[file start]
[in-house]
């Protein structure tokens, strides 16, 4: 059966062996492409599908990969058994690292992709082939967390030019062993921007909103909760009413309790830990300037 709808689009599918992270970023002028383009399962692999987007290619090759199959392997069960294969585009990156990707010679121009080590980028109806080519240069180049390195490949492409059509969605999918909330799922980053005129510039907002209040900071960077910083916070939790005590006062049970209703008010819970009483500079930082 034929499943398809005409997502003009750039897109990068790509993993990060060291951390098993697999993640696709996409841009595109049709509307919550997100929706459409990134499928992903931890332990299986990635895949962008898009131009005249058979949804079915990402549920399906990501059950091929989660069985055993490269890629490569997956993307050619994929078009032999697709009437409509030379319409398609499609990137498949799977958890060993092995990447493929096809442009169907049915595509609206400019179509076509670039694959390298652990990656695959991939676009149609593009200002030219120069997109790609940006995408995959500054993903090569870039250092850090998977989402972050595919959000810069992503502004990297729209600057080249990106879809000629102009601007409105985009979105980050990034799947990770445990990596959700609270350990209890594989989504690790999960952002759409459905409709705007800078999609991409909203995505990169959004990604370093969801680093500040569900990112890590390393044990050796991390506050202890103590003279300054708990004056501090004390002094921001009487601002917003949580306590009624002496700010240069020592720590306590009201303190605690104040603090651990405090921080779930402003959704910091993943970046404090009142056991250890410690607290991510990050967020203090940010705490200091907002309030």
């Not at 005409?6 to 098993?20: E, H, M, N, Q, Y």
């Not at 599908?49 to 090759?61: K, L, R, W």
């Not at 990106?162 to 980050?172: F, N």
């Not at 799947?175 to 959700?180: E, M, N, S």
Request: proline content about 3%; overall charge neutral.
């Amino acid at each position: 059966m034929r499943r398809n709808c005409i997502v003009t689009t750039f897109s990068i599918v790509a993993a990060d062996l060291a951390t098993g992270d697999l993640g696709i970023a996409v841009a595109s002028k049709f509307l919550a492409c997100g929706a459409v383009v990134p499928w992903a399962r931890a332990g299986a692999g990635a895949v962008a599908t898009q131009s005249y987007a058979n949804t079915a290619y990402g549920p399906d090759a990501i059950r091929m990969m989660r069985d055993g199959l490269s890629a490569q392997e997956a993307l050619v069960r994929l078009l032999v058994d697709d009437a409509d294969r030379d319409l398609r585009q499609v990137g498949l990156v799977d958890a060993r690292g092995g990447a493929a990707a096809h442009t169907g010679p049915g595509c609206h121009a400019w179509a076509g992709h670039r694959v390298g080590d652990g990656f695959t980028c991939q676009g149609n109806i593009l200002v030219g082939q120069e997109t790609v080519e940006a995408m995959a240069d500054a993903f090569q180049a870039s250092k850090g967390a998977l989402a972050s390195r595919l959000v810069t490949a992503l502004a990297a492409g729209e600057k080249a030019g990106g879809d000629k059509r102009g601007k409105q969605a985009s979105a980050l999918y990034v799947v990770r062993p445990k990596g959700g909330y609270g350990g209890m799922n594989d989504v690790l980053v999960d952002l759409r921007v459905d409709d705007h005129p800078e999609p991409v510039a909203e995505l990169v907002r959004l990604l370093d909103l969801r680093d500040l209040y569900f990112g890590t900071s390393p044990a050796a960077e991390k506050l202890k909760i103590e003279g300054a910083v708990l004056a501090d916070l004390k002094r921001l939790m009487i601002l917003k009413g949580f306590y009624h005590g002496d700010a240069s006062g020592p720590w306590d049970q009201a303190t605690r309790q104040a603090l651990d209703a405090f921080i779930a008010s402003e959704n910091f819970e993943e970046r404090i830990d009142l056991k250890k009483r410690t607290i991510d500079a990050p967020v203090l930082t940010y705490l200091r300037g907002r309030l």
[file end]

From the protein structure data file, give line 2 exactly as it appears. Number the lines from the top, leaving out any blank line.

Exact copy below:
């Protein structure tokens, strides 16, 4: 059966062996492409599908990969058994690292992709082939967390030019062993921007909103909760009413309790830990300037 709808689009599918992270970023002028383009399962692999987007290619090759199959392997069960294969585009990156990707010679121009080590980028109806080519240069180049390195490949492409059509969605999918909330799922980053005129510039907002209040900071960077910083916070939790005590006062049970209703008010819970009483500079930082 034929499943398809005409997502003009750039897109990068790509993993990060060291951390098993697999993640696709996409841009595109049709509307919550997100929706459409990134499928992903931890332990299986990635895949962008898009131009005249058979949804079915990402549920399906990501059950091929989660069985055993490269890629490569997956993307050619994929078009032999697709009437409509030379319409398609499609990137498949799977958890060993092995990447493929096809442009169907049915595509609206400019179509076509670039694959390298652990990656695959991939676009149609593009200002030219120069997109790609940006995408995959500054993903090569870039250092850090998977989402972050595919959000810069992503502004990297729209600057080249990106879809000629102009601007409105985009979105980050990034799947990770445990990596959700609270350990209890594989989504690790999960952002759409459905409709705007800078999609991409909203995505990169959004990604370093969801680093500040569900990112890590390393044990050796991390506050202890103590003279300054708990004056501090004390002094921001009487601002917003949580306590009624002496700010240069020592720590306590009201303190605690104040603090651990405090921080779930402003959704910091993943970046404090009142056991250890410690607290991510990050967020203090940010705490200091907002309030």